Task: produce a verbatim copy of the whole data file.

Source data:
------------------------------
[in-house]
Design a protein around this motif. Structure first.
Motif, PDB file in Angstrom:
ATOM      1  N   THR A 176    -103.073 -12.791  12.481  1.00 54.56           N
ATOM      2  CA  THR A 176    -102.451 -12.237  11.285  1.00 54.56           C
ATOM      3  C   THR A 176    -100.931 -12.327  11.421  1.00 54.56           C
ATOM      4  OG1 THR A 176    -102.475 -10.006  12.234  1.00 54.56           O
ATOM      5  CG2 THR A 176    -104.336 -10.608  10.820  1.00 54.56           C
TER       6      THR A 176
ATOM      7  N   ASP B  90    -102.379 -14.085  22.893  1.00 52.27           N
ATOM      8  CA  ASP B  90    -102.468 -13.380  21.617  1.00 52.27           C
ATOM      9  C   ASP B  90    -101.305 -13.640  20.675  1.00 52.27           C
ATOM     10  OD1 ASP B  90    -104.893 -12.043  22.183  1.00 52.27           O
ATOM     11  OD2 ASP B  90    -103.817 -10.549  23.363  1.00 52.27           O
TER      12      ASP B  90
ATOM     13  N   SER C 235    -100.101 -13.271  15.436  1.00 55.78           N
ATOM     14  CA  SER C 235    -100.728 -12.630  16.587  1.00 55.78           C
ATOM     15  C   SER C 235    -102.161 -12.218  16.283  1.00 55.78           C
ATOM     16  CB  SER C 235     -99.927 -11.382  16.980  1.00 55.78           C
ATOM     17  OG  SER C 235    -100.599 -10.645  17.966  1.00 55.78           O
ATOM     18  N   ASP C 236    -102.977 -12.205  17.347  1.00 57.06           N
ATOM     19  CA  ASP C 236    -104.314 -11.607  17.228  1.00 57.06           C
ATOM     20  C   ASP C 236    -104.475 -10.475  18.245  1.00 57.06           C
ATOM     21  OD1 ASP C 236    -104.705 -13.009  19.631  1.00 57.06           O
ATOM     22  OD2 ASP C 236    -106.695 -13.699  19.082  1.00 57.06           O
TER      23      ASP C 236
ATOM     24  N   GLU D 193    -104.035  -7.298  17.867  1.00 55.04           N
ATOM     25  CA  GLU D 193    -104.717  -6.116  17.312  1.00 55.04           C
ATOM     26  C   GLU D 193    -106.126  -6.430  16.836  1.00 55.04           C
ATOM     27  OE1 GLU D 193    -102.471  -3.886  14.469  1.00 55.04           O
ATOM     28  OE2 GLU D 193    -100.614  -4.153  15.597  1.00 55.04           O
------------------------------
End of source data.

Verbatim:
[in-house]
Design a protein around this motif. Structure first.
Motif, PDB file in Angstrom:
ATOM      1  N   THR A 176    -103.073 -12.791  12.481  1.00 54.56           N
ATOM      2  CA  THR A 176    -102.451 -12.237  11.285  1.00 54.56           C
ATOM      3  C   THR A 176    -100.931 -12.327  11.421  1.00 54.56           C
ATOM      4  OG1 THR A 176    -102.475 -10.006  12.234  1.00 54.56           O
ATOM      5  CG2 THR A 176    -104.336 -10.608  10.820  1.00 54.56           C
TER       6      THR A 176
ATOM      7  N   ASP B  90    -102.379 -14.085  22.893  1.00 52.27           N
ATOM      8  CA  ASP B  90    -102.468 -13.380  21.617  1.00 52.27           C
ATOM      9  C   ASP B  90    -101.305 -13.640  20.675  1.00 52.27           C
ATOM     10  OD1 ASP B  90    -104.893 -12.043  22.183  1.00 52.27           O
ATOM     11  OD2 ASP B  90    -103.817 -10.549  23.363  1.00 52.27           O
TER      12      ASP B  90
ATOM     13  N   SER C 235    -100.101 -13.271  15.436  1.00 55.78           N
ATOM     14  CA  SER C 235    -100.728 -12.630  16.587  1.00 55.78           C
ATOM     15  C   SER C 235    -102.161 -12.218  16.283  1.00 55.78           C
ATOM     16  CB  SER C 235     -99.927 -11.382  16.980  1.00 55.78           C
ATOM     17  OG  SER C 235    -100.599 -10.645  17.966  1.00 55.78           O
ATOM     18  N   ASP C 236    -102.977 -12.205  17.347  1.00 57.06           N
ATOM     19  CA  ASP C 236    -104.314 -11.607  17.228  1.00 57.06           C
ATOM     20  C   ASP C 236    -104.475 -10.475  18.245  1.00 57.06           C
ATOM     21  OD1 ASP C 236    -104.705 -13.009  19.631  1.00 57.06           O
ATOM     22  OD2 ASP C 236    -106.695 -13.699  19.082  1.00 57.06           O
TER      23      ASP C 236
ATOM     24  N   GLU D 193    -104.035  -7.298  17.867  1.00 55.04           N
ATOM     25  CA  GLU D 193    -104.717  -6.116  17.312  1.00 55.04           C
ATOM     26  C   GLU D 193    -106.126  -6.430  16.836  1.00 55.04           C
ATOM     27  OE1 GLU D 193    -102.471  -3.886  14.469  1.00 55.04           O
ATOM     28  OE2 GLU D 193    -100.614  -4.153  15.597  1.00 55.04           O